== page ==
Wandering Spirits 

Wandering Spirits

Washington Post, Sunday, December 5, 1999; Page X07

The Tibetans, by Art Perry (Viking Studio, $35). "I had a terrible headache," the Canadian photographer-author says of his visit with Tibetan nomads. "On the Chang Tang Plateau it is common for the Himalayan height to push Western visitors to dangerous states of pulmonary and cerebral edema. . . . My brain was about to burst, and I could see myself as a future figure of nomadic folklore -- the Westerner whose head exploded." The nomads worried to see him lying motionless, but a sudden snowstorm on the desert shifted their priorities. They ran from their tents with tea urns, pots and old oil drums abandoned by the Chinese army, and filled them to overflowing with soft, loose snow. Later, a ginger, garlic and melted snow broth with flakes of dried yak meat, and the prayers of a shaman, eased his aching head.

In Lhasa, the author shares vivid, passionate descriptions of the imprint of an invasive Chinese culture: the destruction of historic architecture, the proliferation of non-Tibetan stalls hawking "ugly Asian rip-offs of American products," "joyless and cruel" merchants selling half-dead catfish and half-feathered chickens, and garish Chinese brothels.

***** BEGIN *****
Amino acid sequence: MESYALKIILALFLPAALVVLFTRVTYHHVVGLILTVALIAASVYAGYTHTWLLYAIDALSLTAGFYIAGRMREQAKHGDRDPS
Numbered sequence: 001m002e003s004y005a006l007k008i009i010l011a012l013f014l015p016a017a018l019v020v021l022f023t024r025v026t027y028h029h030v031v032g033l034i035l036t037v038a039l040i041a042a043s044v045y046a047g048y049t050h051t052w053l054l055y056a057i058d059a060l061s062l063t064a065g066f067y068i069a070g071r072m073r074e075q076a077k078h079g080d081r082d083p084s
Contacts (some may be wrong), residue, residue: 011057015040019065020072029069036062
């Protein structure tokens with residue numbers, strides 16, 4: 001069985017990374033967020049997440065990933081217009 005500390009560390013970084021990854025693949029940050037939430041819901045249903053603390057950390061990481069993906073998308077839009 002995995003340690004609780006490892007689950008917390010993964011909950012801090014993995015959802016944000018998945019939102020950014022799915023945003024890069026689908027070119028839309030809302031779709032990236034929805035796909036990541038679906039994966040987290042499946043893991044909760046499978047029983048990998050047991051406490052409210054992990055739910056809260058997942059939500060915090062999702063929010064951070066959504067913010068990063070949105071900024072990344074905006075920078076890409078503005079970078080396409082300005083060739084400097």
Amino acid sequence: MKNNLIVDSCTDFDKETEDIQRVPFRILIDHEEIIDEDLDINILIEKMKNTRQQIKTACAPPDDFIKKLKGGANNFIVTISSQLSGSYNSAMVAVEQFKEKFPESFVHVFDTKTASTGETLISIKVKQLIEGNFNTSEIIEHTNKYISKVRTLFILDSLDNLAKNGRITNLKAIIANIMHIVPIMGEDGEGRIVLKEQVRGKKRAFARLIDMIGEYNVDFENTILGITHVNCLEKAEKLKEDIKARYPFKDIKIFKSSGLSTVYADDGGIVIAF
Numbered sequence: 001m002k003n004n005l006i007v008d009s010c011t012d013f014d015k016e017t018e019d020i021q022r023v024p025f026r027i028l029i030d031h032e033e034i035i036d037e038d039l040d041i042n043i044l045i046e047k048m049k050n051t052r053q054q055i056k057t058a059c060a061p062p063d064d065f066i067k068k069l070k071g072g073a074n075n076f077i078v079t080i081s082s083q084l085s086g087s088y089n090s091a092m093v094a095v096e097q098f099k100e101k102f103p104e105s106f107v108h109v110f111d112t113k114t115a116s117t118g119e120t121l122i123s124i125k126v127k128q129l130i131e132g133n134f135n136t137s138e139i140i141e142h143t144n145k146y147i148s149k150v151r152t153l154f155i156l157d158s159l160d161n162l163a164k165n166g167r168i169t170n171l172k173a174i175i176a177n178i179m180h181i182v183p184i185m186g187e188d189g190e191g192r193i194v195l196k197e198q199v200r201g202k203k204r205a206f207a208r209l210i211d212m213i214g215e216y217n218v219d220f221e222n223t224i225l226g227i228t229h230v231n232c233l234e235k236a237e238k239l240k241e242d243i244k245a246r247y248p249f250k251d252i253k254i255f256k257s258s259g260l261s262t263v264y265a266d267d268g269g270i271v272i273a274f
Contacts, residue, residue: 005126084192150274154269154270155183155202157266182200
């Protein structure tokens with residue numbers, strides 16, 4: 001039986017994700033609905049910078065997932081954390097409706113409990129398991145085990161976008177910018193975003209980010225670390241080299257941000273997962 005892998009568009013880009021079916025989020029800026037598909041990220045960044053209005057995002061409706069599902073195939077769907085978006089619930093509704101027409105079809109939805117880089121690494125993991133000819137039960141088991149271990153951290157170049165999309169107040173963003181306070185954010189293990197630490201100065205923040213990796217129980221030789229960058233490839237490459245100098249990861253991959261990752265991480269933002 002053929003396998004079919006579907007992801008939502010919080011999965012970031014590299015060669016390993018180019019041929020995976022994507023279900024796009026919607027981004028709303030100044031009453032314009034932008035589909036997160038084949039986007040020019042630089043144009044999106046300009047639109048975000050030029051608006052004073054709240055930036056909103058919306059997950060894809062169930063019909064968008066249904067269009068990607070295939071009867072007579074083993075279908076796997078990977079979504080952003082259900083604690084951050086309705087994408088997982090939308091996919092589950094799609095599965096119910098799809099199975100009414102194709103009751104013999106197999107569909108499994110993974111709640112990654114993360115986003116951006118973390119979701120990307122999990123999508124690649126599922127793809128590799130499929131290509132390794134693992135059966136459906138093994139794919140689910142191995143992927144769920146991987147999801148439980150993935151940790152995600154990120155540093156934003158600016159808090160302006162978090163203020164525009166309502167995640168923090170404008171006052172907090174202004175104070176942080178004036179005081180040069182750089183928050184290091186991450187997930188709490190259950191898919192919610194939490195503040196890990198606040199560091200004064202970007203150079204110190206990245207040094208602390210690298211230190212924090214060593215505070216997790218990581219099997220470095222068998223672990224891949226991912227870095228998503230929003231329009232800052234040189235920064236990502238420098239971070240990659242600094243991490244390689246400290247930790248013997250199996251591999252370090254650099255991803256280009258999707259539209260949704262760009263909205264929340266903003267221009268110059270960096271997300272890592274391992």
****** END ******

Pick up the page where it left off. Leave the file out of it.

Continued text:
He describes the Khampas of eastern Tibet who, in the face of public executions by Chinese troops, train themselves in commando warfare, no longer believing like most Tibetans that compassion alone can win over evil.

His photos of Lhasa are striking. The words and pictures tell of a time and place apart from global culture, compelling in beauty. Perry asks that the hardships of the Tibetan people not be trivialized, that the picturesque not overshadow the difficulties. The sheer humanity in Perry's photos evokes that respect. --M.M.

WTN-L World Tibet Network News